We meant to report about this back in December, but this DIY project has fallen under our radar, probably for a good reason: it is just plain silly. Corey Menscher is an obsessive father-to-be who is instituting a strict reporting regiment on his developing fetus. The tinkerer has built a wireless device that can send messages when the baby is kicking and turning inside. Corey has decided to link the device with Twitter, effectively creating a Morse like messaging system from a different world, and making his child the youngest blogger ever. The system is good enough to produce a mass hysteria among blogs, but not good enough to detect fetal movements for two weeks at a time, for example between Dec 22 and Jan 2, as the project page at Twitter shows.
From the Kickbee project page:
As a baby grows inside the womb, pregnant mothers are constantly and acutely aware of its presence mostly through its movements. With the Kickbee, I intend to extend a baby’s minute contact with the world beyond the mother’s body by sensing these movements and transmitting them to digital networks.
As an expectant father, I am once-removed from the physical knowledge my wife has of our baby and its development. With the Kickbee, I wanted to create a device that would give me a chance to be aware of our baby’s movements. It can also aid in tracking the frequency of fetal movements, which is an important way to monitor the health of the developing child.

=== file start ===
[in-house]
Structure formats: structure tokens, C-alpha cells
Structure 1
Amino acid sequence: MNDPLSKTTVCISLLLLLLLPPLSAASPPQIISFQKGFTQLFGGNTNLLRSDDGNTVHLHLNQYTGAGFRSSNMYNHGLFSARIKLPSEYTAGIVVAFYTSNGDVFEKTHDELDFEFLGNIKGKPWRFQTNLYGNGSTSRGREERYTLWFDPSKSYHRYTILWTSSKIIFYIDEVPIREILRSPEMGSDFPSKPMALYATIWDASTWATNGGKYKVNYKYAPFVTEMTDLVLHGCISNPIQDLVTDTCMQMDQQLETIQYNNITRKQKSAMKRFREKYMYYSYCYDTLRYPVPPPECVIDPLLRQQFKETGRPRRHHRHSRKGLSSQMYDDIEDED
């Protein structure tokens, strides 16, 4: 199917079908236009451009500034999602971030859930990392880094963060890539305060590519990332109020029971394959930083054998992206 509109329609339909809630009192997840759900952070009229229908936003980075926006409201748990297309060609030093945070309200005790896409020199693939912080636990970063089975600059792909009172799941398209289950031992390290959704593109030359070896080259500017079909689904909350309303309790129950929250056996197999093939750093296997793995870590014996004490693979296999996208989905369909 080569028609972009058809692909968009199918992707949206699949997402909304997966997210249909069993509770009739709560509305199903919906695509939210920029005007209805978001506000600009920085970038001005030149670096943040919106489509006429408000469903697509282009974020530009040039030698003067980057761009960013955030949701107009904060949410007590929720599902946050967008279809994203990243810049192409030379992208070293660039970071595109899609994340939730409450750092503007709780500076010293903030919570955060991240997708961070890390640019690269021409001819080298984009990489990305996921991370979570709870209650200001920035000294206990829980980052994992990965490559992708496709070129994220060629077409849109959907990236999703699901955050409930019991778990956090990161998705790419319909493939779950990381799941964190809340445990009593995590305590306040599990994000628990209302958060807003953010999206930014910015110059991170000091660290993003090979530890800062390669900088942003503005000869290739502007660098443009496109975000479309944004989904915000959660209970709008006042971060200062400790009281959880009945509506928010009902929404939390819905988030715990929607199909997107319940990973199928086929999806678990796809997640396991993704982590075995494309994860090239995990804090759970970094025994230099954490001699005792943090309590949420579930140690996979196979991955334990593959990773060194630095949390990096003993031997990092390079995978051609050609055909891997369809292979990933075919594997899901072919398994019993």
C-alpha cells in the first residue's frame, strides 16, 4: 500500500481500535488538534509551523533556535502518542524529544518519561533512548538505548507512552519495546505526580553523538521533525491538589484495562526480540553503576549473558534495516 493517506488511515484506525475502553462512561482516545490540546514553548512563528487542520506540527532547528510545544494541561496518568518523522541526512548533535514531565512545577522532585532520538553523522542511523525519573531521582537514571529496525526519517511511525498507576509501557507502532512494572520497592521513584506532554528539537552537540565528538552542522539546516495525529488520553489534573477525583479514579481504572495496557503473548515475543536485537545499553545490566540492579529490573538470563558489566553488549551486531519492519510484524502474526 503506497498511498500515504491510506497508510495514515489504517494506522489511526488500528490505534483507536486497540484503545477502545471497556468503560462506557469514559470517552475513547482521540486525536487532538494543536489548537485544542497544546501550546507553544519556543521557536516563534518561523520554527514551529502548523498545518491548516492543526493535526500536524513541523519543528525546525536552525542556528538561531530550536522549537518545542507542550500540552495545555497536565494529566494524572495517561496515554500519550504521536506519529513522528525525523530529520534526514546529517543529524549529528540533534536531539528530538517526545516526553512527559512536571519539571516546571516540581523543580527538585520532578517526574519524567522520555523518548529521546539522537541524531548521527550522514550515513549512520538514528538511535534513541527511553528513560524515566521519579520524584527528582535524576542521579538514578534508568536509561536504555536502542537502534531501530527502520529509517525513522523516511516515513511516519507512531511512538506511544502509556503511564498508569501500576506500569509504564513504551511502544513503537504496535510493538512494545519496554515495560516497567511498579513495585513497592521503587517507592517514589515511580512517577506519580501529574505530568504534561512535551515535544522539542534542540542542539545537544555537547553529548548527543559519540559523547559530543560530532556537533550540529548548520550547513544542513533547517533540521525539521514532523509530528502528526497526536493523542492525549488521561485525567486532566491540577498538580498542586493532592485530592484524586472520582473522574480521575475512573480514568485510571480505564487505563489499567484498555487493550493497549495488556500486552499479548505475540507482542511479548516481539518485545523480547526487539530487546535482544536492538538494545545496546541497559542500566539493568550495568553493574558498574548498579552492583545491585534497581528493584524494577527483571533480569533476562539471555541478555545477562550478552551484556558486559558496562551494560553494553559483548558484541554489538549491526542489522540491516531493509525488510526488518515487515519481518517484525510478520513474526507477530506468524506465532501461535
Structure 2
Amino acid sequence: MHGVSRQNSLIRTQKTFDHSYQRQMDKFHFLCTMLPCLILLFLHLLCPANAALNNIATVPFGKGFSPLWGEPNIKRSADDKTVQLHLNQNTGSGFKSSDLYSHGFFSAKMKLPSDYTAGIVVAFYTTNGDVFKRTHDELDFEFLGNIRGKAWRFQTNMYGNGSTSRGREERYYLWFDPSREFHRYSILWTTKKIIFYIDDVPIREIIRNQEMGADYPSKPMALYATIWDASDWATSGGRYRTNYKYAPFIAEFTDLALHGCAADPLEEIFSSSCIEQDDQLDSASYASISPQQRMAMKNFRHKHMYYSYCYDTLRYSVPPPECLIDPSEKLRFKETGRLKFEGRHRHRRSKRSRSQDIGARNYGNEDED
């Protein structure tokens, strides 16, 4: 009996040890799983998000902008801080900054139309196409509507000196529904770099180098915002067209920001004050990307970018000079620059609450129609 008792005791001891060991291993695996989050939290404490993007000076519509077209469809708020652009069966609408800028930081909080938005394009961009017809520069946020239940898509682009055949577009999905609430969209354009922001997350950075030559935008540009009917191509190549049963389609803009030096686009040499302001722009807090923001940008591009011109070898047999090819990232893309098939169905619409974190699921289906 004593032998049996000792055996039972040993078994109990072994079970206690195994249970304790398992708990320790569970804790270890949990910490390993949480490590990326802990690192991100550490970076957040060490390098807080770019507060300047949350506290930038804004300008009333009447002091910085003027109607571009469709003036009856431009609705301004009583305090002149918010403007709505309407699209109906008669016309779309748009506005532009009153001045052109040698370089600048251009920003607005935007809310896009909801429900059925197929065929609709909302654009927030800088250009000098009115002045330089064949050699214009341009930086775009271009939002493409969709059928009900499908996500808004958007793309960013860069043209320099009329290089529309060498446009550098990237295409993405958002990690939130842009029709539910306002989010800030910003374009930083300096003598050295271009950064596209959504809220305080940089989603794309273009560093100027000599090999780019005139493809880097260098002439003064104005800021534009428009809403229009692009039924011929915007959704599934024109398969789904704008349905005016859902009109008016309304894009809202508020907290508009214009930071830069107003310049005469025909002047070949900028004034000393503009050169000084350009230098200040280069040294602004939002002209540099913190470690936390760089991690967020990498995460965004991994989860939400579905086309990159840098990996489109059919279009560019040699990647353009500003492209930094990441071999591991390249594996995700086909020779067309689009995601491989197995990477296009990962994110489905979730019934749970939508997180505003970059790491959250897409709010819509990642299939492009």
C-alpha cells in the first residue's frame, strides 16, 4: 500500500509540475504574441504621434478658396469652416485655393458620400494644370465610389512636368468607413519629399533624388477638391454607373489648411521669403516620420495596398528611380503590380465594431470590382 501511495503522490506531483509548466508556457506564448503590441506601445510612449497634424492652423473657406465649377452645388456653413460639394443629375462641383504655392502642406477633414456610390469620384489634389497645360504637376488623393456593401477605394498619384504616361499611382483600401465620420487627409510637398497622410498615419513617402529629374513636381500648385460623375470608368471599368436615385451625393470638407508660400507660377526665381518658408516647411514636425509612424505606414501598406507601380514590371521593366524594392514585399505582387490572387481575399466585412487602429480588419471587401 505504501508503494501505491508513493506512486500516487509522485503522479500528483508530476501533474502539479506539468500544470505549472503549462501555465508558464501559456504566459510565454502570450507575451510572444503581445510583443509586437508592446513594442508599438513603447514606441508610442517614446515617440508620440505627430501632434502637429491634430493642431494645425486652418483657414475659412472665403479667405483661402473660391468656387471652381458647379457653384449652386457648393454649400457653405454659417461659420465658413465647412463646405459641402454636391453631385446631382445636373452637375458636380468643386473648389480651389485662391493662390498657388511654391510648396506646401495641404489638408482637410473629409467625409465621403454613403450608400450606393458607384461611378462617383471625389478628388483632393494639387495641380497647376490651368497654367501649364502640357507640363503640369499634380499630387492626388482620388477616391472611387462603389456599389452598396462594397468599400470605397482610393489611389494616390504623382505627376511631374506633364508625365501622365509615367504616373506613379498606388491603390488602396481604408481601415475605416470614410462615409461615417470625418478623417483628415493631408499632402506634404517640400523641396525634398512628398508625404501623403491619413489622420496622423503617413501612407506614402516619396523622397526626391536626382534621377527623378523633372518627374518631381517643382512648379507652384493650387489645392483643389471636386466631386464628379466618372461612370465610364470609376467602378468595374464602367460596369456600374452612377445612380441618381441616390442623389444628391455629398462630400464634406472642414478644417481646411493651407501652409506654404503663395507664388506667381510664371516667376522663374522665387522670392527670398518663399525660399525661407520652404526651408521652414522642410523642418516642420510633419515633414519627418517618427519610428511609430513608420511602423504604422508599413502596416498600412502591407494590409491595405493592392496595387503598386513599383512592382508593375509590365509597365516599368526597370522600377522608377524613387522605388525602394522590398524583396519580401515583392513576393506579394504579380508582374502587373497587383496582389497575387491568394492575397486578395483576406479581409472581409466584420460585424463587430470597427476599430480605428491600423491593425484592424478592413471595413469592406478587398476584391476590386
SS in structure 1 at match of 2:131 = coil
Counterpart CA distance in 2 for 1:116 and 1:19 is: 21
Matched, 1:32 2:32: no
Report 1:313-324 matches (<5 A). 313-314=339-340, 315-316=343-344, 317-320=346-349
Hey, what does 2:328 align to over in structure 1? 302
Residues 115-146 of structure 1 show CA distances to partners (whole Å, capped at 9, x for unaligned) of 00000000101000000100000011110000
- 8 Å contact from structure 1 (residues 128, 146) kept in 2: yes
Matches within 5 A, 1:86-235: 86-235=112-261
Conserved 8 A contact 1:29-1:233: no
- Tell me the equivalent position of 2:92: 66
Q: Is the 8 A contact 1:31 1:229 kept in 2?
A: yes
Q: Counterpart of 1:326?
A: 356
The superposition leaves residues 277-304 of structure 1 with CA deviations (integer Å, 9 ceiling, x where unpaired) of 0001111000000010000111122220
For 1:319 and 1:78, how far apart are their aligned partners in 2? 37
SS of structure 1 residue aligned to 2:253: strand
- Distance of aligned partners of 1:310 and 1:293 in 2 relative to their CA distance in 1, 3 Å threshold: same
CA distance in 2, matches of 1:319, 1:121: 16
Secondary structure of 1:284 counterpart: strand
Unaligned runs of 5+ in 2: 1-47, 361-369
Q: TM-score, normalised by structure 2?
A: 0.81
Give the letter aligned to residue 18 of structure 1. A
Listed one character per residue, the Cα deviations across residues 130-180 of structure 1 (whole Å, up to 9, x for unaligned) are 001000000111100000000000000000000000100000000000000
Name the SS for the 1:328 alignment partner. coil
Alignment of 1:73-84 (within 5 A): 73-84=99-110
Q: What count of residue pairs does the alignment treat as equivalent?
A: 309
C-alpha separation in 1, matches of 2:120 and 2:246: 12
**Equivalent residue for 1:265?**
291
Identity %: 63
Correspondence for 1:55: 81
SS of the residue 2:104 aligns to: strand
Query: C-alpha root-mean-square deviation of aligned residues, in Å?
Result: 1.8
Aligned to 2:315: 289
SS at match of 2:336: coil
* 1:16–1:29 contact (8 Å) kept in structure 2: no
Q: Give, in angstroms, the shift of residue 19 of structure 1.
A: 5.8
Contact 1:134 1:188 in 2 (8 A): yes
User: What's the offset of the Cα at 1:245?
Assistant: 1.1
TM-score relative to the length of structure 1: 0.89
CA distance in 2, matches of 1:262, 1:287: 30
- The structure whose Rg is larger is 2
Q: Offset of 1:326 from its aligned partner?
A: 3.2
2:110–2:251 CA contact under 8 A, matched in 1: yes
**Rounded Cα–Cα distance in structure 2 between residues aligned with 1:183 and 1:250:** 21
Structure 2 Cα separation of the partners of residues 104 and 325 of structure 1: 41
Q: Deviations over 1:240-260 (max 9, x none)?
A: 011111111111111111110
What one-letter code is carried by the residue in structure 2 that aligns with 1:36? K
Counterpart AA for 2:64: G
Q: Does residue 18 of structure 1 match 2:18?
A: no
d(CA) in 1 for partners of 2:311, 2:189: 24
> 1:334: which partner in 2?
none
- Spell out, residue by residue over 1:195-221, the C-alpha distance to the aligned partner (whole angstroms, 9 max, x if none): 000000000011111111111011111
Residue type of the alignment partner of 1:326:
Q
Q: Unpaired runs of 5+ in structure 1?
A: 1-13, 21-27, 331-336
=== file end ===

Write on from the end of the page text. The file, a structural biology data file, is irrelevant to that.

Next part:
The Kickbee is a wearable device made of a stretchable band and embedded electronics and sensors. Piezo sensors are attached directly to the band, and transmit small but detectable voltages when triggered by movement underneath. An Arduino Mini microcontroller transmits the signals to an accompanying Java application wirelessly via Bluetooth. (a SparkFun BlueSMIRF v2 module that communicates serially with a Macbook Pro.) The band and electronics are covered in a soft fleece cover for comfort. Note: the final version presented at the ITP Winter Show 2008 used XBee radios for better stability and to prevent interference from the hundreds of bluetooth cell phones in the vicinity.
The Java application receives the sensor values and analyzes them. When a kick event is detected, a Twitter message is posted via the Twitter API. I chose to use Twitter because it is easy to initiate an SMS message to any mobile phone when a kick is detected. It also acts as a data log that can be accessed programmatically for visualization or archiving.